More experiments would be needed to confirm this, but we believe that the introduced frog benefits from a previous experience of these – or very similar – predator species. In conclusion, even though native and invasive ranges of Discoglossus pictus are in different continents, the similarity of predator communities of both areas may make this fact unimportant in terms of predator-prey interactions during its larval phase. Going back where we started, the introduced frog is not behaving like an introduced species in this case. We hope that the readers find the study interesting and inspiring for further work on the topic.

Eudald Pujol-Buxó





Author Spotlight: How soil features are shaping the bite force and skull morphology in subterranean rodents

17 01 2017

The role of soil features in shaping the bite force and related skull and mandible morphology in the subterranean rodents of genus Ctenomys (Hystricognathi: Ctenomyidae)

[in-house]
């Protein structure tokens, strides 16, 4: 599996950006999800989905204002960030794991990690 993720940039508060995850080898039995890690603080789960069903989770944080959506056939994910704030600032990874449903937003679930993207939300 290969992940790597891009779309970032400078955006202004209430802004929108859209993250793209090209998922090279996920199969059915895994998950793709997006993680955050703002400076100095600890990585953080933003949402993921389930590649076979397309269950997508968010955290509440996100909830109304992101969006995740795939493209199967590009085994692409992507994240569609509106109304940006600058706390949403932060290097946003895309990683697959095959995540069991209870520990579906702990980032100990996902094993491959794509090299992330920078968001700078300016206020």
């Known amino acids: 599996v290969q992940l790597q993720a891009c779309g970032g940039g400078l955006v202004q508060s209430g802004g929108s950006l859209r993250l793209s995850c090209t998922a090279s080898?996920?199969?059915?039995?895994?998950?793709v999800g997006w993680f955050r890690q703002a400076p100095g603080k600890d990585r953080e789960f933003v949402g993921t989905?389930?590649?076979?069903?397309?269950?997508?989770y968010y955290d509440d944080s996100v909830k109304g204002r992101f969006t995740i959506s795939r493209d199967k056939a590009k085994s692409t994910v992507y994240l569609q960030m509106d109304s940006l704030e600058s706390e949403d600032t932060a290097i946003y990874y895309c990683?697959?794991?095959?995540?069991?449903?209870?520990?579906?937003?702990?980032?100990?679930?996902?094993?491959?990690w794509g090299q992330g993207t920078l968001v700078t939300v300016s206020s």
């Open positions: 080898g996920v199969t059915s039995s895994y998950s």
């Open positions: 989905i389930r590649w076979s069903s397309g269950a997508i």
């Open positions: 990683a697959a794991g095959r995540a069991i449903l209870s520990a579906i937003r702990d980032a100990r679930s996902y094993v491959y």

L.R. BorgesR. MaestriB.B. KubiakD. GalianoR. Fornel and T.R.O. Freitas

Tuco-tucos (genus Ctenomys) are subterranean rodents widespread in the southern cone of South America. They are members of the caviomorph lineage (e.g. the guinea pig and their relatives), which arrived in South America ~50 million years ago via transoceanic dispersal from Africa. Today, more than 60 species of Ctenomys are described.

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Ctenomys minutus, a species of tuco-tuco. Photo by Daniel Galiano

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Another species of tuco-tuco, Ctenomys ibicuiensis. Photo by Daniel Galiano